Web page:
Tax season (dun, dun, dun - insert dramatic music here) is stressful. Regardless of your background, transiting to being a small business owner can be daunting. Employees get paychecks with tax withholdings. Depending on how you fill out you W-4, your employer may withhold more tax than needed in which case you get a tax refund when you file. This isn’t how it works in entrepreneur land. We are responsible for setting aside our own money for taxes. If we don’t plan and prepare during the year, we may be left with a huge tax bill when we file our taxes. When that happens, taxpayers can get on an installment plan to play catch up, but then they still need to be setting aside income for the next years taxes. It’s difficult to get up to date. With some proper planning, we can avoid this and save stress and dollars.
The IRS allows small business owners to deduct “ordinary and necessary” business expenses. We could chat for a while about what is ordinary and necessary, but the short cut is considering what is standard and reasonable for someone in your industry. If want more info on small business tax deductions, grab a copy of my small biz tax deduction guide.
Part of maximizing your deductions is tracking them. You must account for deductible expenses in order to know how much you spent on your business during the year. Make sure that you are using proper banking system, doing basic bookkeeping, and tracking your expenses with receipts and invoices.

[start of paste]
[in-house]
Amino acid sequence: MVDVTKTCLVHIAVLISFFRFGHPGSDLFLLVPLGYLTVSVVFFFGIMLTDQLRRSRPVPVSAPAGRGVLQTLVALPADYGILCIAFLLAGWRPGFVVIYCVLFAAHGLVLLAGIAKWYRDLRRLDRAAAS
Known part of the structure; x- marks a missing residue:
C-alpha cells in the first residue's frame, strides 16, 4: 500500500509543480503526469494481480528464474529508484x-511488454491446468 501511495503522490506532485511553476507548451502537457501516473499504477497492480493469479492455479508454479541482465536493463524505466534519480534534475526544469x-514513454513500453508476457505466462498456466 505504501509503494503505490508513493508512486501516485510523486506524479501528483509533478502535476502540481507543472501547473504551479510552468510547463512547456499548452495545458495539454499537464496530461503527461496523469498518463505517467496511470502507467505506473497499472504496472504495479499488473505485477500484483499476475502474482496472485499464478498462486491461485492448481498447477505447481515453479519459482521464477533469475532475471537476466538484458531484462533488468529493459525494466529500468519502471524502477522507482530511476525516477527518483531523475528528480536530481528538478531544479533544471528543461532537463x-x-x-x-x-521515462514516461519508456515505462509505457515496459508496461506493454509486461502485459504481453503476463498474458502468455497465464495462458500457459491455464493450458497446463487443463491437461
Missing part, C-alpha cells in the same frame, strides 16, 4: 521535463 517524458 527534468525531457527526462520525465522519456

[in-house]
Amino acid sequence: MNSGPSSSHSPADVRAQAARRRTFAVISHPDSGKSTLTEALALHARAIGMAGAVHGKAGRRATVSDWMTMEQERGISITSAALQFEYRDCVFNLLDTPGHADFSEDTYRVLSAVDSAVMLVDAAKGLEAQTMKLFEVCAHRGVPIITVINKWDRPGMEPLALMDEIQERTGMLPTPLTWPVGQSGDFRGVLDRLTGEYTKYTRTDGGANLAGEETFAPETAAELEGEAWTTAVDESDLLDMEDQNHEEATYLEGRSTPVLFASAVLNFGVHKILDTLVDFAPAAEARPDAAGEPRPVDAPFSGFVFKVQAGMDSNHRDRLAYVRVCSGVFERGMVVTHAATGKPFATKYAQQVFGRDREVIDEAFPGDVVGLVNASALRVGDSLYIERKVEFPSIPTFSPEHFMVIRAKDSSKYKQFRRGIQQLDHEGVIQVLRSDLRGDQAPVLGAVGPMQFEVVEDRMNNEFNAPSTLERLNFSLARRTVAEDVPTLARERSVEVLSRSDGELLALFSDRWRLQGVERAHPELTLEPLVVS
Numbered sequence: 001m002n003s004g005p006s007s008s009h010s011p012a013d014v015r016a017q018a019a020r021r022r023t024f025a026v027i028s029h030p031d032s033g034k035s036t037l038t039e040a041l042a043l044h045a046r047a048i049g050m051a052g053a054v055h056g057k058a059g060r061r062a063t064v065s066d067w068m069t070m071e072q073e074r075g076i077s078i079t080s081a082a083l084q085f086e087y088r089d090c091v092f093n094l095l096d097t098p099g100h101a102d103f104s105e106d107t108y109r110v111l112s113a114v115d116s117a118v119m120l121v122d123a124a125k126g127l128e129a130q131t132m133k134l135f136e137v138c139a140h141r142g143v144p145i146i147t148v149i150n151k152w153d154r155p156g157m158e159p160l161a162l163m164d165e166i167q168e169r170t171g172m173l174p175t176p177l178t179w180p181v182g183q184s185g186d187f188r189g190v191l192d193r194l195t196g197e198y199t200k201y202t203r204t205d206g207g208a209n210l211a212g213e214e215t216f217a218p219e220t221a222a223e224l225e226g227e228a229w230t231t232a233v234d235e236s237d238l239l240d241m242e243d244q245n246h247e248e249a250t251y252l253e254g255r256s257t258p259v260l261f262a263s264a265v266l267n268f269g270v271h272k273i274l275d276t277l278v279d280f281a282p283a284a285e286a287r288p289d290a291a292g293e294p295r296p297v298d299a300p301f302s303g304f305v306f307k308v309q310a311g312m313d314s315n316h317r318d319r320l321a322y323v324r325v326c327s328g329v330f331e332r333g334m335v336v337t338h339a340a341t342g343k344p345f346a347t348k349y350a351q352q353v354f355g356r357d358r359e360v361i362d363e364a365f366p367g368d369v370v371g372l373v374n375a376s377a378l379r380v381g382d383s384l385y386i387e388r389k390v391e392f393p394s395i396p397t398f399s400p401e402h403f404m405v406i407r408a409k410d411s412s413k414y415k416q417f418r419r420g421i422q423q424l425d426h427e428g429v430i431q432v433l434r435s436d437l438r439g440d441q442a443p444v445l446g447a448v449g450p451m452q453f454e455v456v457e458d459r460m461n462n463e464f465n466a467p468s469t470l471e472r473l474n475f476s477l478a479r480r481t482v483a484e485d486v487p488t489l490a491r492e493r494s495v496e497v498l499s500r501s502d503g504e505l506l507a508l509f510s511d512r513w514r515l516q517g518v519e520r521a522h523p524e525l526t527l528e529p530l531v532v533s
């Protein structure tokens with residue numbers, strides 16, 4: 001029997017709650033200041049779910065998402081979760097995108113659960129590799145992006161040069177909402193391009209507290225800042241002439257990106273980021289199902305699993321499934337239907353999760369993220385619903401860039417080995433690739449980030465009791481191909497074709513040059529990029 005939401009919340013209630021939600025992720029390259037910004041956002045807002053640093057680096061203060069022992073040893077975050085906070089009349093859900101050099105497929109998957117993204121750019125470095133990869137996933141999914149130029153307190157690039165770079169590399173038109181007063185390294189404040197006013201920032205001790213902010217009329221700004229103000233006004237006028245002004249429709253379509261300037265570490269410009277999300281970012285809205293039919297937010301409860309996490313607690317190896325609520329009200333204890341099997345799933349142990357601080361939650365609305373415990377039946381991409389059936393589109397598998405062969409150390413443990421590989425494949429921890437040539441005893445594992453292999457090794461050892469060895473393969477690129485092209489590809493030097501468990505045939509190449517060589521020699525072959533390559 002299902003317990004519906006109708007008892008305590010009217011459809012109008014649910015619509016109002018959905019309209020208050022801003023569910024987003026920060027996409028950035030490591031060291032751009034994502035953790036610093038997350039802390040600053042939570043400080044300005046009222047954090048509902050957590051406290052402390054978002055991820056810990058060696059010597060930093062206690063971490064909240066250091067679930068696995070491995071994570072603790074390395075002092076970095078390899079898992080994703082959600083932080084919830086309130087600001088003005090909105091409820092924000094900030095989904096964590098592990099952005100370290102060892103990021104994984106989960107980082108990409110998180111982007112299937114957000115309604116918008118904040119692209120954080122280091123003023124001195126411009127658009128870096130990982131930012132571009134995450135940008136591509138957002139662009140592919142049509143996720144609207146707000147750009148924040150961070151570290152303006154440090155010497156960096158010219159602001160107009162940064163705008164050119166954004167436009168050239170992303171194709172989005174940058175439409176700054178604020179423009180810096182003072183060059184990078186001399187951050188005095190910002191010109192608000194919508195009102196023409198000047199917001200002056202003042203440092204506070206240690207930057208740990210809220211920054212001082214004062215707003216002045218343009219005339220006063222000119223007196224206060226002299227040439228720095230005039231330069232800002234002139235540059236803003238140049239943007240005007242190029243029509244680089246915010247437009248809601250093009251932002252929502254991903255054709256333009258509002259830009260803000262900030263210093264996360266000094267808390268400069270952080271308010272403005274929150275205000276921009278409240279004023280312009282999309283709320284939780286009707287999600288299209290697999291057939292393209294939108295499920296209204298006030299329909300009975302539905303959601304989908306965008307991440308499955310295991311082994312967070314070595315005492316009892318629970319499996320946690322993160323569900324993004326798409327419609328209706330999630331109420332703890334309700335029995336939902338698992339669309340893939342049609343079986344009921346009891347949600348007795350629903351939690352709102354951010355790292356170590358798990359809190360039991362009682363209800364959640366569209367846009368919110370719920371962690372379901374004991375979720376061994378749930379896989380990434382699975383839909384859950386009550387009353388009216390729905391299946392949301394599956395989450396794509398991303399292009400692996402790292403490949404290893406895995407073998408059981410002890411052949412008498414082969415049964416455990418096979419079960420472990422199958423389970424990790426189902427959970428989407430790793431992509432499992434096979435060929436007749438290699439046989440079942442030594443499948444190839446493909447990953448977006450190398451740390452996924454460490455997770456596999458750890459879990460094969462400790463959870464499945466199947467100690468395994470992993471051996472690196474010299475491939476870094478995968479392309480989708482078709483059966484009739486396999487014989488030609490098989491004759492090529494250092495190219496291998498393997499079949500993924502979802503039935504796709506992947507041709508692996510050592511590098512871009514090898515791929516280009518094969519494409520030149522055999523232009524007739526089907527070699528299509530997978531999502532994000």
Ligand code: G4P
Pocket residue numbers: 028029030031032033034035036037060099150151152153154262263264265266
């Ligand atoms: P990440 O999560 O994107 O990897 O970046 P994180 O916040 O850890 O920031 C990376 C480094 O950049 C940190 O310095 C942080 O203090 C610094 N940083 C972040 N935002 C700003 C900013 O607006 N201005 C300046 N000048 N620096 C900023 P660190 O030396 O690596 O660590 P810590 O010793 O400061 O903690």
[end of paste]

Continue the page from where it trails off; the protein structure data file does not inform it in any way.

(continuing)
The goal is set aside as close to the exact amount of funds, as possible, to pay estimated (quarterly) taxes, such that you will not be penalized by the IRS or owe any tax when you file your tax return. How do you or a tax professional do this? Essentially, estimating taxes requires an estimation of total tax due.
To do that, you must project your income and expenses for the year. Once you do that, a tax professional can estimate your year-end tax owed. They divide that figure by four, thereby providing your estimated quarterly tax. If estimated tax for 2017 is $20,000, you should pay $5,000 each quarter in taxes.
Note that the IRS has safe-harbors for penalties. In some circumstances, you may not be required to pay quarterly taxes. However, I find that it’s best practice to pay quarterlies regardless.
If you use a program like Quickbooks, it will estimate your quarterly tax due for you. I wouldn’t rely on these figures 100% of the time, but they are a good starting point. If you work with me for bookkeeping services, I will make your quarterly estimates for you. Want to try out Quickbooks? I’m affiliate. You can use my link for 50% off for three months.
What many people don’t realize is that structuring your biz as an LLC has no tax benefit. You form an LLC for liability protection. I definitely recommend an LLC for liability reasons. Once you get to a certain stage in your biz, you can consider taking an “s election” for your LLC to be taxed as an S corp. These entities warrant their own blog post, but don’t you worry, I have already written them.
If you want to save dollars and avoid a large tax bill, you need to:
(1) Plan your business entity and structure and it’s tax advantages;
(2) Properly save money for taxes and pay them on a quarterly basis; and
(3) Account for and maximize deductions.